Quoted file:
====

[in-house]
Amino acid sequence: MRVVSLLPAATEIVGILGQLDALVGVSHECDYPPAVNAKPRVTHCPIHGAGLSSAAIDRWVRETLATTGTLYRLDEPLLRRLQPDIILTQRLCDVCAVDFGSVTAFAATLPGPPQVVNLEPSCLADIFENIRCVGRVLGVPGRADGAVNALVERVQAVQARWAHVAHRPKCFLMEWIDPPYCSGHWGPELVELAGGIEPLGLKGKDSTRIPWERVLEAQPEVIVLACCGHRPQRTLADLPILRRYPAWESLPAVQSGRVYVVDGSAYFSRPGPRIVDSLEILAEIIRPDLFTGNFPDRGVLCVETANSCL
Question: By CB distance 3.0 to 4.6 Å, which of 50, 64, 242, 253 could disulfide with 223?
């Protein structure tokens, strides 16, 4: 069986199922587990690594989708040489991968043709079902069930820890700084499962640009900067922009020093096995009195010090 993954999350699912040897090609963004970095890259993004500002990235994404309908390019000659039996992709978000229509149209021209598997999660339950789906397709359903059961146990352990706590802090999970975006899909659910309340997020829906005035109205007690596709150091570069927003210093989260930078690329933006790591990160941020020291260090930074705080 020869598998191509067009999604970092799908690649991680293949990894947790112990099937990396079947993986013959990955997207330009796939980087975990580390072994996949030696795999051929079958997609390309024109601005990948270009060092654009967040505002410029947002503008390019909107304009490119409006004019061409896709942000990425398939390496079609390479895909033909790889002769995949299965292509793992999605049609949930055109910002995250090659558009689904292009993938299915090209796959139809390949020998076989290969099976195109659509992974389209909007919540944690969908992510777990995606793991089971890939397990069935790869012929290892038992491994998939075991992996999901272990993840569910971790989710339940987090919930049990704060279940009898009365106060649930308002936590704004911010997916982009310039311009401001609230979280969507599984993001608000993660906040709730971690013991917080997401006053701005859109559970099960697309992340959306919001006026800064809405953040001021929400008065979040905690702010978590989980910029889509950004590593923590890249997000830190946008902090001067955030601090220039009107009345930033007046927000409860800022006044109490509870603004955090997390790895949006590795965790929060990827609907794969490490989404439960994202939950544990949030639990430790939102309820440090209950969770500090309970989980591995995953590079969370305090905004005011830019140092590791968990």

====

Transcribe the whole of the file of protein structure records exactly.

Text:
[in-house]
Amino acid sequence: MRVVSLLPAATEIVGILGQLDALVGVSHECDYPPAVNAKPRVTHCPIHGAGLSSAAIDRWVRETLATTGTLYRLDEPLLRRLQPDIILTQRLCDVCAVDFGSVTAFAATLPGPPQVVNLEPSCLADIFENIRCVGRVLGVPGRADGAVNALVERVQAVQARWAHVAHRPKCFLMEWIDPPYCSGHWGPELVELAGGIEPLGLKGKDSTRIPWERVLEAQPEVIVLACCGHRPQRTLADLPILRRYPAWESLPAVQSGRVYVVDGSAYFSRPGPRIVDSLEILAEIIRPDLFTGNFPDRGVLCVETANSCL
Question: By CB distance 3.0 to 4.6 Å, which of 50, 64, 242, 253 could disulfide with 223?
């Protein structure tokens, strides 16, 4: 069986199922587990690594989708040489991968043709079902069930820890700084499962640009900067922009020093096995009195010090 993954999350699912040897090609963004970095890259993004500002990235994404309908390019000659039996992709978000229509149209021209598997999660339950789906397709359903059961146990352990706590802090999970975006899909659910309340997020829906005035109205007690596709150091570069927003210093989260930078690329933006790591990160941020020291260090930074705080 020869598998191509067009999604970092799908690649991680293949990894947790112990099937990396079947993986013959990955997207330009796939980087975990580390072994996949030696795999051929079958997609390309024109601005990948270009060092654009967040505002410029947002503008390019909107304009490119409006004019061409896709942000990425398939390496079609390479895909033909790889002769995949299965292509793992999605049609949930055109910002995250090659558009689904292009993938299915090209796959139809390949020998076989290969099976195109659509992974389209909007919540944690969908992510777990995606793991089971890939397990069935790869012929290892038992491994998939075991992996999901272990993840569910971790989710339940987090919930049990704060279940009898009365106060649930308002936590704004911010997916982009310039311009401001609230979280969507599984993001608000993660906040709730971690013991917080997401006053701005859109559970099960697309992340959306919001006026800064809405953040001021929400008065979040905690702010978590989980910029889509950004590593923590890249997000830190946008902090001067955030601090220039009107009345930033007046927000409860800022006044109490509870603004955090997390790895949006590795965790929060990827609907794969490490989404439960994202939950544990949030639990430790939102309820440090209950969770500090309970989980591995995953590079969370305090905004005011830019140092590791968990």